In the present study, we investigated any inhibitory effect of genipin on orthotopic HCC implantation murine model. Simultaneously, TAMs were particularly removed with liposome clodronate injection, in order to explore the role of TAMs on tumour inhibitory effect of genipin. Bone marrow-derived macrophages were differentiated with tumour derived supernatant (TSN) to establish the in vitro model and the effect of genipin on viability, polarisation and priming of macrophages were studied. The involvement of IRE1α depletion in mediating inhibition of TAMs by genipin and the possible mechanisms were further elaborated. Our findings postulate the important role of inflammation in inhibitory effect of genipin on HCC, and IRE1α as a promising target for disrupting the inflammatory environment that favor of HCC development.


Genipin exhibits non-toxic suppression to the in vivo growth of HCC

To systematically examine the inhibitory effect of genipin on hepatocellular carcinoma, we established the orthotopic HCC-implantation mouse model by seeding the subcutaneous-grown HCC tumour cubes onto right lobe of mice liver, as described in our previous studies [18]. It was observed that implanted HCC in mice fed with vehicle (saline buffer) continuously grew during the study, while mice with oral treatment of genipin (30 mg/kg/2days) exhibited slower growth of orthotopic tumour (Figure 1A). The tumour size at the end of 4-week treatment was significantly reduced compared with control group (Figure 1B) while the body weight of mice was not changed (Supplementary Figure S1). There are also no observed pathological changes in gastrointestinal, kidney and lung sections of genipin-intervened mice (Supplementary Figure S2), which indicates that genipin exhibited minimal toxicity to the animals. Genipin reduced CD31- and Ki67-positive cells within HCC, which postulates the suppression of genipin on blood vessel formation and proliferative activity of cancer cells (Figure 1C). Interestingly, we did not observe any direct cytotoxicity of genipin to HCC cells up to 200μM in in vitro culture (Figure 1D), nor deceleration of in vitro proliferation of HCC cells by genipin treatment (Figure 1E). Our findings may indicate an indirect mechanism underlying the inhibitory effect of genipin on the in vivo growth of HCC.

Genipin suppresses orthotopic growth of HCC without induces toxicity to cancer cells.

Figure 1: Genipin suppresses orthotopic growth of HCC without induces toxicity to cancer cells. A. Representative images of orthotopic HCC implanted mice. The tumour growth was monitored every week using luciferase live animal imaging. B. Orthotopic HCC tumor growth in mice treated with genipin (n=4) was suppressed. The hepatic tumour size was compared between vehicle and treatment groups. C. Immunohistochemistry staining of CD31 and Ki67 of hepatic tumour sections between control and genipin group. The quantitative analysis of the CD31 and Ki67 expressions was performed by calculating the positive stained cells per 40x field of view (Scale bar, 50μm). D. Genipin did not cause cell death to Hepa 1-6 up to 250μM after 48 hours of incubation. The percentage of cell viability of Hepa 1-6 cell was determined after treatment with genipin ranging from 0 to 500μM at 24 and 48 hours with MTT assay. E. Genipin at 40μM had no direct effect on Hepa 1-6 cell proliferation as evidenced from BrdU assay. Details of the experimental protocols are attached in Materials & Methods. *p<0.05, **p<0.01, ***p<0.001, compared with untreated group.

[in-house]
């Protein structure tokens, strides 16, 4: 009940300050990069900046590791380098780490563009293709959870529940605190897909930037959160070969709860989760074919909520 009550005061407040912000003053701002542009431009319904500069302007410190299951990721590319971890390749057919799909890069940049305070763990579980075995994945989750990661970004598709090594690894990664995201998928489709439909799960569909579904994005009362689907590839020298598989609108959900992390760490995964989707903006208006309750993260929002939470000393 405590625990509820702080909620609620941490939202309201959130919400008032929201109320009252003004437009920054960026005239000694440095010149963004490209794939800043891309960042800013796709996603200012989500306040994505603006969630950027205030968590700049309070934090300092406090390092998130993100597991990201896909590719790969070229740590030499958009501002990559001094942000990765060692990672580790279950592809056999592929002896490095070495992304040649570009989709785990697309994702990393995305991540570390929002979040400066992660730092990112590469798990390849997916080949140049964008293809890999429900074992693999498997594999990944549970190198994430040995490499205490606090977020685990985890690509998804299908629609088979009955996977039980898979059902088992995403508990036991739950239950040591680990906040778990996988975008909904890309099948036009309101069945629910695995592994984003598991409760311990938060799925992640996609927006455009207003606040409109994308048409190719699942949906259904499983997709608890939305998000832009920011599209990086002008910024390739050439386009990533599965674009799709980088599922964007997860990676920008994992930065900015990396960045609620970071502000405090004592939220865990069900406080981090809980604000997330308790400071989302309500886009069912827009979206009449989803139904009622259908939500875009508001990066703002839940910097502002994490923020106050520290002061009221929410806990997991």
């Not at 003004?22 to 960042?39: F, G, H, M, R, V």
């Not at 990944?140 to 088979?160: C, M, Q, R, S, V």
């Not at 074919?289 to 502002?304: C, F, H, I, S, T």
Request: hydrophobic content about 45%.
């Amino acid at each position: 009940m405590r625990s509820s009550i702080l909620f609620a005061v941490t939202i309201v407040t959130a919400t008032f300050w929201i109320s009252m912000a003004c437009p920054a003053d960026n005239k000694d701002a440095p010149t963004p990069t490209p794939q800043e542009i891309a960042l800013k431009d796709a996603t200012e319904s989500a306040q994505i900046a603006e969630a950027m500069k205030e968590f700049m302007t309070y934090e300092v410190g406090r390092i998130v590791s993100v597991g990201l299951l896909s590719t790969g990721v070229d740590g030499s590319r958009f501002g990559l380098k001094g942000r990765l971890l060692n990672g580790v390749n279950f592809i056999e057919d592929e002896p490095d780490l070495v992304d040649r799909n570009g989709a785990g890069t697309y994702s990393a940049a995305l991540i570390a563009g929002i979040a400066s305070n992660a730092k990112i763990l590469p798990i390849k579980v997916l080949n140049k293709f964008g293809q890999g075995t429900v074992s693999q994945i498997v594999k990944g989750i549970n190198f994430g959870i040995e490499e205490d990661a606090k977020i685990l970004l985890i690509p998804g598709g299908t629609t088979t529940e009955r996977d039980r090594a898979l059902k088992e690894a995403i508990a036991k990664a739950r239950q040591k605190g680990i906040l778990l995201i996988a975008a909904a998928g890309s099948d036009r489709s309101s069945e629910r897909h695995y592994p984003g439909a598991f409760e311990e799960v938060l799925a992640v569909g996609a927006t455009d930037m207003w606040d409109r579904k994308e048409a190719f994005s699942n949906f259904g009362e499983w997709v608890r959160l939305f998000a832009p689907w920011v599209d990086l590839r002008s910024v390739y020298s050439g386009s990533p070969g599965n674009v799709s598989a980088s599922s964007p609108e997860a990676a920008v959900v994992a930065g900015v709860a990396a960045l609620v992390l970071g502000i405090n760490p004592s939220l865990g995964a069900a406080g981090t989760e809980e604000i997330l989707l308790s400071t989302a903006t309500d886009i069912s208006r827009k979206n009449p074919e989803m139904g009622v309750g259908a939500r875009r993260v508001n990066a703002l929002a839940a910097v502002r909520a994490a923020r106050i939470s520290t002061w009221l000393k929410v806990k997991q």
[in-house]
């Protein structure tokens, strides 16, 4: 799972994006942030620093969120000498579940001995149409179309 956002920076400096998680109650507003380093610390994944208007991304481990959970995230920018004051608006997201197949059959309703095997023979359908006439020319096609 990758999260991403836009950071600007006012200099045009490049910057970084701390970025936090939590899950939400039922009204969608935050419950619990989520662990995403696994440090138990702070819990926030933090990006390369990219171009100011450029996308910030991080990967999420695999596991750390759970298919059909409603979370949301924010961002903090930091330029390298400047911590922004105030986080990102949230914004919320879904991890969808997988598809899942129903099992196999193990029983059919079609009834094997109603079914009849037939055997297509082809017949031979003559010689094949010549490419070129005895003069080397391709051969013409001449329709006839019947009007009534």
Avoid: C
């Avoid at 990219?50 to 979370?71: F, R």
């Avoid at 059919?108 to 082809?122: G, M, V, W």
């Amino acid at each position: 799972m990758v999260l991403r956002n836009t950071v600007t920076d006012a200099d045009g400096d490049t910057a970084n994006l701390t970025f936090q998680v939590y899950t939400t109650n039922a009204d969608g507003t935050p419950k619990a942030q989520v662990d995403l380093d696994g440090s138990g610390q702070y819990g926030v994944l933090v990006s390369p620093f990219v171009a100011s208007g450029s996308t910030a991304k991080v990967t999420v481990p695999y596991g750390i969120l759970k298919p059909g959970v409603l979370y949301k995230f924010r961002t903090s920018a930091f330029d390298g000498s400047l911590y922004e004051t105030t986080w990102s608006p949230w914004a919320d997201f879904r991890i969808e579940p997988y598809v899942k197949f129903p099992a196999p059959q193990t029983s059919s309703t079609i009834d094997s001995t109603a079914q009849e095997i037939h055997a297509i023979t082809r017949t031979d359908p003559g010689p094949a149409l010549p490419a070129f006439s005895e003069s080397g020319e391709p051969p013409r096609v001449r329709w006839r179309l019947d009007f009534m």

Genipin suppresses macrophage infiltration in tumour microenvironment of HCC

Many studies also reported the anti-inflammatory activities of genipin [16, 19]; but whether genipin drives the cross talk between inflammatory cells and cancer cells activities remains unidentified. To assess the effect of genipin on inflammatory cell infiltration into tumour microenvironment, we analysed the expressions of myeloid cellular markers on circulating system and liver tissues of untreated and genipin-treated mice groups. As shown in Figure 2A, the percentage of Ly6C gated CCR2hi CX3CR1lo migratory monocytic populations was significantly lowered in liver and tumour tissues of mice treated with genipin, whereas there is no changes observed in circulating system (result not shown). Because Ly6C populations enriched on monocytic myeloid lineages, we further detected the expressions of F4/80 macrophage marker in tumour tissues of control and genipin-intervened groups. Fluorescence immunostaining demonstrated that F4/80 stained populations was significantly lowered by genipin treatment (Figure 2B). Considering that deletion of TAMs may be due to the toxic effect of genipin, we first measured if genipin induce macrophage cell death as in vivo macrophage population in liver and tumour tissues was lowered in mice treated with genipin. As observed, up to 200μM, genipin exerted no specific cytotoxicity to TAMs (Figure 2C), nor caused apoptosis of TAMs (Figure 2D). Furthermore, differentiating F4/80+ macrophages using M1 and M2-like representing cell surface markers showed no differences between CD86+ and CD206+ populations between control and genipin-treated TAMs (Figure 2E), indicating that genipin-induced anti-inflammatory function is independent to TAMs polarization. Taken together, our observations reveal suppression of TAMs infiltration by genipin without significant alteration in cell viability and phenotype.